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Missed Fortune – Learning From the Mistakes You Didn’t Make

Posted on | October 14, 2012

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Pay Attention To the Forecast

The economic forecast isn’t good. With the expiration of the Bush tax cuts at the end of this year and the imposition of new taxes to shore up increased government spending, taxes will be going up. These tax hikes will affect all of us, not just the rich.

Even the Congressional Budget Office says that most middle income Americans will end up paying about 29.6% more in income tax in the next two to three years than what they paid just last year. But there are other reasons to keep an eye on the forecast.

Inflation will be higher than it has been in recent memory. And market volatility and uncertainty are expected to continue as well.

When making your plans for weathering tough economic times, there are a few key principles that must be understood.

The first is the marvel of compound interest. Imagine that we were out playing golf and were to bet 25 cents on the first hole and then double our bet for each of the subsequent holes. Our bet on the final 18th hole would be $32,768. This illustrates the power of compounding at work.

To truly realize the miracle of compound interest, there is another marvel that must be understood. Our compounding must take place in a tax-favored environment. This means tax-free accumulation and not simply tax-deferred such as in an IRA or 401(k). Tax-free will mean 50 to 100% more money than deferring those taxes to a later time, especially with tax rates on the rise.

Remember than a single dollar, doubling every period for 20 consecutive periods, will increase to $1,048,000 but only if it’s tax-free. That same dollar doubling for 20 consecutive periods in a taxed-as-earned environment such as a CD, a savings account or a mutual fund will only amount to $27,000. That’s enough of a difference to justify learning how to accumulate your money in a tax-free environment.

Even if you saved up a million dollar nest egg, by deferring the payment of taxes, such as in an IRA or 401(k), the IRS will take at least a third of that money. This leaves you with just $660,000 to call your own.

Many Americans mistakenly assume they’ll be in a lower tax bracket once they retire, but they later find out that, without the deductions they once had, they’re paying a higher tax rate than during their peak earning years.

The bottom line is that you can have more net spendable income by using a tax-free vehicle than if you use a tax-deferred one.

Don’t Make These Mistakes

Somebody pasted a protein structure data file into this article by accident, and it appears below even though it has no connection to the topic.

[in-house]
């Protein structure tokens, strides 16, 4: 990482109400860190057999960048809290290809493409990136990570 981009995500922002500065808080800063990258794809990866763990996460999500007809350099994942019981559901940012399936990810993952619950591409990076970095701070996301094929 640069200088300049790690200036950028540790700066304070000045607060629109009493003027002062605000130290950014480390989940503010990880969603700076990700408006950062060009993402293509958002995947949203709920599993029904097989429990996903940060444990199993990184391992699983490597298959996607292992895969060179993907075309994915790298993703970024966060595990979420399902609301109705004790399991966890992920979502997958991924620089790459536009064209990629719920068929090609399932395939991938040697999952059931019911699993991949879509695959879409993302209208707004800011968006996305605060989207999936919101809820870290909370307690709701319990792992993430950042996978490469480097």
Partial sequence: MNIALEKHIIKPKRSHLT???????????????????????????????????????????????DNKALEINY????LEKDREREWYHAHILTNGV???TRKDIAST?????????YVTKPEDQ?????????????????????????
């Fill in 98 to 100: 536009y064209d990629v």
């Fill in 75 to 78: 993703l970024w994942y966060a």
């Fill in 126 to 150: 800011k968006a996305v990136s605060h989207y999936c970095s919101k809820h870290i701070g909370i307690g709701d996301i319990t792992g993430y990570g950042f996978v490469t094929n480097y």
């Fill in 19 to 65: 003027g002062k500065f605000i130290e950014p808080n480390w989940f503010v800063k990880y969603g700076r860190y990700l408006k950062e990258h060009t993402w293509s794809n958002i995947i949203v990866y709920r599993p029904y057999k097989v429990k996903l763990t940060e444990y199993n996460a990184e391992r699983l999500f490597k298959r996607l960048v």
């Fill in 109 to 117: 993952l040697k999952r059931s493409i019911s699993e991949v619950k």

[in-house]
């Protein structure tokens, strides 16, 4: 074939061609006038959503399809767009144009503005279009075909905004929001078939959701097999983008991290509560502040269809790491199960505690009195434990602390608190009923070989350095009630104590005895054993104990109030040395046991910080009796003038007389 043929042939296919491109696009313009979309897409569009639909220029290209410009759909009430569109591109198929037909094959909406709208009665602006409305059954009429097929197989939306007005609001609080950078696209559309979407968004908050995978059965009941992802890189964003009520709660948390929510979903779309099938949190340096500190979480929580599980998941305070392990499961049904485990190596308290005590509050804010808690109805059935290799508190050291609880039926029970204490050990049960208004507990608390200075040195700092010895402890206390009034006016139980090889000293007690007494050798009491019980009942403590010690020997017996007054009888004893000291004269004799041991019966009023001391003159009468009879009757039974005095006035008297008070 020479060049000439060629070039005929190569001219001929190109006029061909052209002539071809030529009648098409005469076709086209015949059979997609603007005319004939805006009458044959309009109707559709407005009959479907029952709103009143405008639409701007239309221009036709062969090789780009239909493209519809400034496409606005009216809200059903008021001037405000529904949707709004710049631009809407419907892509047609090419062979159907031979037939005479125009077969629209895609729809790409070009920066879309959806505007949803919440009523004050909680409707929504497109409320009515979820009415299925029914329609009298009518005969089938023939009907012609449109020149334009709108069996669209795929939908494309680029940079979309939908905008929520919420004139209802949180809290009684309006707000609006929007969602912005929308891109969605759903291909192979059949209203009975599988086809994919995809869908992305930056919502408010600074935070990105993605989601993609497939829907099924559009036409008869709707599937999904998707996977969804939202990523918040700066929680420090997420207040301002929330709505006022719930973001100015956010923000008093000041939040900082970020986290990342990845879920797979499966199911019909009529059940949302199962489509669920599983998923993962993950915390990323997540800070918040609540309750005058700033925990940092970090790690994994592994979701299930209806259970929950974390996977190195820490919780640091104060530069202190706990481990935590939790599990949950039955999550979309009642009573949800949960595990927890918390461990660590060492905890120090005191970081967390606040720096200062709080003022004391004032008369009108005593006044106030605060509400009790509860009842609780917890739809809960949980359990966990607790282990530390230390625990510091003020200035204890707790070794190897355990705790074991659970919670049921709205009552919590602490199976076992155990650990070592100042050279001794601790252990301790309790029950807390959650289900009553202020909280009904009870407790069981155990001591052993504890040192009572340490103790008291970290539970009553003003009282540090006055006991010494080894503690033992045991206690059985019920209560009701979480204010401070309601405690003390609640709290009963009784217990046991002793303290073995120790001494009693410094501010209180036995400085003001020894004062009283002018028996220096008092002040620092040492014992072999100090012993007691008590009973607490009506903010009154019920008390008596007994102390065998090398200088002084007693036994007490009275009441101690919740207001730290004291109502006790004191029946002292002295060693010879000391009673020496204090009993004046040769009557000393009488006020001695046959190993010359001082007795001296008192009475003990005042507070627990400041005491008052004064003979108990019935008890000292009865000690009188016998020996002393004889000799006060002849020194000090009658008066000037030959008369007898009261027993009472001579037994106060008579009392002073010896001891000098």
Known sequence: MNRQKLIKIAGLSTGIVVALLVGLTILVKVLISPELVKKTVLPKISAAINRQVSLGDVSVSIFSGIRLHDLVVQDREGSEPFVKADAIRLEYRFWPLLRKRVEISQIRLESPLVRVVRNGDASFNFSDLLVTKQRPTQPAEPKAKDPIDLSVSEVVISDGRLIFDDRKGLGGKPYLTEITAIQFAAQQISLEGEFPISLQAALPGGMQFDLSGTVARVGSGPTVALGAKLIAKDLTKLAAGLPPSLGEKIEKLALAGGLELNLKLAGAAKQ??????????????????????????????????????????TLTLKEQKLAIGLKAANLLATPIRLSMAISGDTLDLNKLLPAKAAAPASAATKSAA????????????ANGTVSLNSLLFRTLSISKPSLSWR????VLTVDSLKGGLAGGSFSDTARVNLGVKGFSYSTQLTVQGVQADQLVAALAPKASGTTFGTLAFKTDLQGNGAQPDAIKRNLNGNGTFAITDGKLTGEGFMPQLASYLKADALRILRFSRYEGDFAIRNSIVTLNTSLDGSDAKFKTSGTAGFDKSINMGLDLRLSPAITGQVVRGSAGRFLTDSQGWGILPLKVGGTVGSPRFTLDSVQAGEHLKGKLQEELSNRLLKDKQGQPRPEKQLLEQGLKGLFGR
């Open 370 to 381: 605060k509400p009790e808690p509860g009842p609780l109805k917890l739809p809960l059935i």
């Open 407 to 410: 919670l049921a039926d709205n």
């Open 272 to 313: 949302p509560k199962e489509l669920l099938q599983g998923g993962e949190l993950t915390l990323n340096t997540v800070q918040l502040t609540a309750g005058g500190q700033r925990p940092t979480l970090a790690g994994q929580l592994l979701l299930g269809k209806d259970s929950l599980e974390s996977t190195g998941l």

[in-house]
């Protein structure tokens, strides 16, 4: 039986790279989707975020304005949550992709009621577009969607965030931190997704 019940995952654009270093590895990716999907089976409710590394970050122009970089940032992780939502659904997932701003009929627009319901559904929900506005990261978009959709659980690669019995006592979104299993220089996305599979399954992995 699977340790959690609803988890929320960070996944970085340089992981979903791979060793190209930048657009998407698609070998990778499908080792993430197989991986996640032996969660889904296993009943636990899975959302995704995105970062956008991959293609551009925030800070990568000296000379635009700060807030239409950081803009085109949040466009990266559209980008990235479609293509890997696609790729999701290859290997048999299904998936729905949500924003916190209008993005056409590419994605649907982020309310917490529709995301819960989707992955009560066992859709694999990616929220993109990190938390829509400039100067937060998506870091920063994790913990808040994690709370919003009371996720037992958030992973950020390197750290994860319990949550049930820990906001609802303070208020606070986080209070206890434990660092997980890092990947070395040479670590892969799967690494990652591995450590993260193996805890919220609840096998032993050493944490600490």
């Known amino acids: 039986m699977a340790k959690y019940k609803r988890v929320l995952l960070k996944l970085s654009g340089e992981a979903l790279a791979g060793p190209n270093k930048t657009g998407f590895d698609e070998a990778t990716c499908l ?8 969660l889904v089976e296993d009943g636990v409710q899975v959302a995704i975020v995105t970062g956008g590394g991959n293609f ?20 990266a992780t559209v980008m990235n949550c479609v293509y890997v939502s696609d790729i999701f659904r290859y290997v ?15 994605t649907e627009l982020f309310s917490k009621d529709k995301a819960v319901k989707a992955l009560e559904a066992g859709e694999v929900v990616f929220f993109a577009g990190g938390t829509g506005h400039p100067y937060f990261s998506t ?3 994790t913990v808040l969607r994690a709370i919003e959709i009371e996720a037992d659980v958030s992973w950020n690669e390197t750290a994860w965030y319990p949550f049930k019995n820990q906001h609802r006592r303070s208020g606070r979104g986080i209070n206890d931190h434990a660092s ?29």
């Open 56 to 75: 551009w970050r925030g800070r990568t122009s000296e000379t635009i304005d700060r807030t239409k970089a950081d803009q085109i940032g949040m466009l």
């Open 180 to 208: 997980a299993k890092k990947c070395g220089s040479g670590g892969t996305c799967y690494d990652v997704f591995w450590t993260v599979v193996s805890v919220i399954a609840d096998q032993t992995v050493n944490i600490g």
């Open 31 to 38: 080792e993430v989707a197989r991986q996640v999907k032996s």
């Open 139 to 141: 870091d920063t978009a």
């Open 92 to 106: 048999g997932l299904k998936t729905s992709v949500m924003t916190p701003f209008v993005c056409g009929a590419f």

There are six common mistakes that cause people to miss out on money that they could have been putting toward retirement planning.

  1. They use short-term investments for long-range goals.
  2.  They use long-term investments for short-range goals.
  3. They keep large amounts of money sitting in the bank earning 1% interest.
  4. They use “crawl” investments like CDs and money markets that crawl toward the finish line.
  5. Sometimes they use “walk” investments like annuities that keep them walking toward the goal of financial independence.
  6. They use IRAs and 401(k)s to save for retirement without recognizing that these are less than optimal ways to save.

Among the key flaws with many of these approaches is that they lack liquidity, safety of principle, tax-free growth, and a predictable rate of return.

Folks who think they’ll wait until age 70 and a half and then take the minimum distribution in order to save on taxes will have a rude awakening. They’re not saving on taxes; but simply postponing and delaying the inevitable. This strategy will dramatically increase the amount of taxes they’re going to pay in the end.

Better to get it over and done with by repositioning that money into a tax-advantaged savings vehicle, paying the applicable taxes, and then having that money be tax-free from that day forward.

Along those same lines, getting out of debt by sending extra principal payments to the mortgage company is not a safe or liquid way to go. Those who do this are earning a zero rate of return by using this approach. Likewise, those who take out a 15-year mortgage may be making a $100,000 mistake.

Getting better results requires being willing to stop following the crowd and to learn and apply the strategies that produce liquid assets safely earning a predictable rate of return.

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*Life insurance policies are not investments and, accordingly, should not be purchased as an investment

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